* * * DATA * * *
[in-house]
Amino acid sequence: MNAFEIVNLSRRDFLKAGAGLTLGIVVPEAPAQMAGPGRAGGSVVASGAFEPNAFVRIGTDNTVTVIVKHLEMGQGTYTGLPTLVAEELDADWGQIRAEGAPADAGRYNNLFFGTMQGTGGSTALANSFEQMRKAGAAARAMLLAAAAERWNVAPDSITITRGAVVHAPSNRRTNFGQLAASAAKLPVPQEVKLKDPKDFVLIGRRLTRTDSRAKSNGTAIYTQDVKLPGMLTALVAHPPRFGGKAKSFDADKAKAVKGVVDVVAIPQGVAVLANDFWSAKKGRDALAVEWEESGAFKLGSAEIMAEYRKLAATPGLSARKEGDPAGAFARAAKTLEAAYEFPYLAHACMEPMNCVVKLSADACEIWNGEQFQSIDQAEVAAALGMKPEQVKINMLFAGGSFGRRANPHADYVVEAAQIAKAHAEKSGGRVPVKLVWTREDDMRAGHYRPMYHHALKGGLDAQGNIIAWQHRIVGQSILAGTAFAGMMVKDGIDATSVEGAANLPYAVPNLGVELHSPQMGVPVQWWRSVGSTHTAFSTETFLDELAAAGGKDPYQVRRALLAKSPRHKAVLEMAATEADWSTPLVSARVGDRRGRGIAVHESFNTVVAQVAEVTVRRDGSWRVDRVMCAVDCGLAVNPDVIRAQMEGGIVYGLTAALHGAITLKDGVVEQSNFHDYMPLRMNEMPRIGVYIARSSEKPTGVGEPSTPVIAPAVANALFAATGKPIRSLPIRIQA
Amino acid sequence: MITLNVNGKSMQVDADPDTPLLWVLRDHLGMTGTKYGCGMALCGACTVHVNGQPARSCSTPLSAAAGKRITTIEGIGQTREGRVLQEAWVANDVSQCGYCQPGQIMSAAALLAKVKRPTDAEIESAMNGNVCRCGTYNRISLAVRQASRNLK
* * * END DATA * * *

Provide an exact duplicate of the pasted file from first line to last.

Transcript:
[in-house]
Amino acid sequence: MNAFEIVNLSRRDFLKAGAGLTLGIVVPEAPAQMAGPGRAGGSVVASGAFEPNAFVRIGTDNTVTVIVKHLEMGQGTYTGLPTLVAEELDADWGQIRAEGAPADAGRYNNLFFGTMQGTGGSTALANSFEQMRKAGAAARAMLLAAAAERWNVAPDSITITRGAVVHAPSNRRTNFGQLAASAAKLPVPQEVKLKDPKDFVLIGRRLTRTDSRAKSNGTAIYTQDVKLPGMLTALVAHPPRFGGKAKSFDADKAKAVKGVVDVVAIPQGVAVLANDFWSAKKGRDALAVEWEESGAFKLGSAEIMAEYRKLAATPGLSARKEGDPAGAFARAAKTLEAAYEFPYLAHACMEPMNCVVKLSADACEIWNGEQFQSIDQAEVAAALGMKPEQVKINMLFAGGSFGRRANPHADYVVEAAQIAKAHAEKSGGRVPVKLVWTREDDMRAGHYRPMYHHALKGGLDAQGNIIAWQHRIVGQSILAGTAFAGMMVKDGIDATSVEGAANLPYAVPNLGVELHSPQMGVPVQWWRSVGSTHTAFSTETFLDELAAAGGKDPYQVRRALLAKSPRHKAVLEMAATEADWSTPLVSARVGDRRGRGIAVHESFNTVVAQVAEVTVRRDGSWRVDRVMCAVDCGLAVNPDVIRAQMEGGIVYGLTAALHGAITLKDGVVEQSNFHDYMPLRMNEMPRIGVYIARSSEKPTGVGEPSTPVIAPAVANALFAATGKPIRSLPIRIQA
Amino acid sequence: MITLNVNGKSMQVDADPDTPLLWVLRDHLGMTGTKYGCGMALCGACTVHVNGQPARSCSTPLSAAAGKRITTIEGIGQTREGRVLQEAWVANDVSQCGYCQPGQIMSAAALLAKVKRPTDAEIESAMNGNVCRCGTYNRISLAVRQASRNLK